Sometimes when we consider the four categories of DBT – Mindfulness, Distress Tolerance, Emotional Regulation and Interpersonal Effectiveness – it can be challenging to see a particular skill set as belonging in one category as opposed to another. For example, when we think about regulating our emotions, this seems like something that’s rather unlikely to be accomplished without the use of mindfulness. One could also reasonably consider the idea of emotional regulation as a distress tolerance technique – as in; certainly we need to regulate our emotions if we are going to successfully tolerate stress. The valuable thing to remember is that how we classify the components of Dialectical Behavior Therapy is far less important than the act of learning to apply the techniques – and experiencing how these tools enable us to better handle our thoughts, emotions and behaviors.
All dialectical teachings are about balance. Today’s DBT decoded topic, Opposite Action, is an emotional regulation tactic for bringing our emotional state into balance. The idea behind Opposite Action is to first acknowledge an emotion that’s bothersome, maybe even unrelenting – and realize that the action we first consider taking may not be the best option for us. For example, when we experience road rage, we become angry at a driver who cuts us off, drives too close to us, or honks the horn the moment that the light turns green. Our anger may lead us to want to lash out at the driver and let him know that we’re annoyed. As he speed ahead, if the action we consider is to speed up and engage the driver with hand language, honking our horn or driving too close to him – the logical side of our brain tells us that this is not smart – and that there’s little to be gained and perhaps much to be lost.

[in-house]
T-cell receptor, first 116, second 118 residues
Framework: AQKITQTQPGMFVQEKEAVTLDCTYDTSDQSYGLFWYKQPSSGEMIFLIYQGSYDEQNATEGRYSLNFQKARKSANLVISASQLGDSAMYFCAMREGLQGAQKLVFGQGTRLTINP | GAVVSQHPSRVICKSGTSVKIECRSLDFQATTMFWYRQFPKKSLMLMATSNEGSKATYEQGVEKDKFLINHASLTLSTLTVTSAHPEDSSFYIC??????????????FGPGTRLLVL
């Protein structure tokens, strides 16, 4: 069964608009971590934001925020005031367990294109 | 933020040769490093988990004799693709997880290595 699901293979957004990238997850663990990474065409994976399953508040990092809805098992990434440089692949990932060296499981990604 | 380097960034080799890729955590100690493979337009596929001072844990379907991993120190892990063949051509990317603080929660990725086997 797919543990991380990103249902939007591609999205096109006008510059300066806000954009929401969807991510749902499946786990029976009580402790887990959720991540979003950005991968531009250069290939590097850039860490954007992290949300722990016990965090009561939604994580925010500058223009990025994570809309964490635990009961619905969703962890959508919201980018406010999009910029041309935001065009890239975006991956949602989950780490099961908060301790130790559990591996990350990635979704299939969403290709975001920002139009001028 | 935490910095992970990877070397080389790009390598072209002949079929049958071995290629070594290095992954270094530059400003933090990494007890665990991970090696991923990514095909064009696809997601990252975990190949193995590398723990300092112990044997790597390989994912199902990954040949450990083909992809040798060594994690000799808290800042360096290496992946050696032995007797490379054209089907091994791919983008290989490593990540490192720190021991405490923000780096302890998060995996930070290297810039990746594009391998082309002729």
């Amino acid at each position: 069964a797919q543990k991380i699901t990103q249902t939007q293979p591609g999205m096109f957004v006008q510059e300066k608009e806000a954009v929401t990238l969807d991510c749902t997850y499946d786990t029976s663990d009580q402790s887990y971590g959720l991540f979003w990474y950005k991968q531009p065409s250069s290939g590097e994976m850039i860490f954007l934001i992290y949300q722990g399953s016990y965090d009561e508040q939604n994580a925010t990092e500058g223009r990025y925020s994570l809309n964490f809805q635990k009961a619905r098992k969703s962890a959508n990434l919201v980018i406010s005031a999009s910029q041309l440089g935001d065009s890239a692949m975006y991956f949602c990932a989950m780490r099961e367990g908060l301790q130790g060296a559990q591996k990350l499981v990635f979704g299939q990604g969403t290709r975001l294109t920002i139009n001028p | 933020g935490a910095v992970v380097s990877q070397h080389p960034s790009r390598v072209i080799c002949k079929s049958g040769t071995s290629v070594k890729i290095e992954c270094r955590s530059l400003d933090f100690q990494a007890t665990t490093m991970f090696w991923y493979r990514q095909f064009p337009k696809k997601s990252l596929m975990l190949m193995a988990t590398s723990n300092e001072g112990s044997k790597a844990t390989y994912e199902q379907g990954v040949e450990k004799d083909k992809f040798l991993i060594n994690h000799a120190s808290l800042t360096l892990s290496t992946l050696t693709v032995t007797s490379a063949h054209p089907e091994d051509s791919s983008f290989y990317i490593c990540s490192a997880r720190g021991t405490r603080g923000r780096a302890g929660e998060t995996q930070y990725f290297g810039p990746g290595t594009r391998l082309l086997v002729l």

By doing the opposite action, we decide to drive slower and let this car head on down the road without us. At first, our ego may not like this choice, but after we’ve done it, we realize that we’ve chosen an action that deescalated the event, rather than continuing the engagement. Perhaps it’s not always as easy, or cut-and-dry, as the road rage example. Let’s look at another. What if our emotional state is one of uneasiness and shame, as we consider some of the unwise things we did prior to becoming more mature, or sober, adults? A natural response to our feelings of shame may lead us to shy away from trying new experiences; for fear that we’ll fail again. If we stay away from people and relationships, we can guard ourselves from failing – and keep ourselves from feeling even worse. Fortunately, the reasonable side of our brain kicks in and reminds us that we also cannot repair, improve or establish new relationships if we isolate ourselves. The right answer is for us to choose the opposite action – to become socially active, try new things and realize that facing the unknown is part of what makes life interesting and worth living. This is also where calling upon other DBT teachings is helpful. By acting mindfully we can stop living in the past and embrace the possibilities that exist in the present moment. It’s important to note that opposite action is not the same as ignoring your negative emotions and seeking action as a distraction. The DBT concept of opposite action employs the mindfulness act of observing your emotional state, honoring that emotion and taking note of the action that first comes to mind as a “solution.” We can sense when we’re getting hot under the collar and considering doing what we want to do — right or wrong. If we have no handy alternative, we might just do it because of the initial sense of relief, or release. That’s why we’re fortunate to remember that there are other options. When we feel strongly about something…we’re so far to one side of our thoughts…that doing the opposite is a tactic for pulling ourselves back to center – toward our wise mind that lives between our emotional mind and our reasonable mind.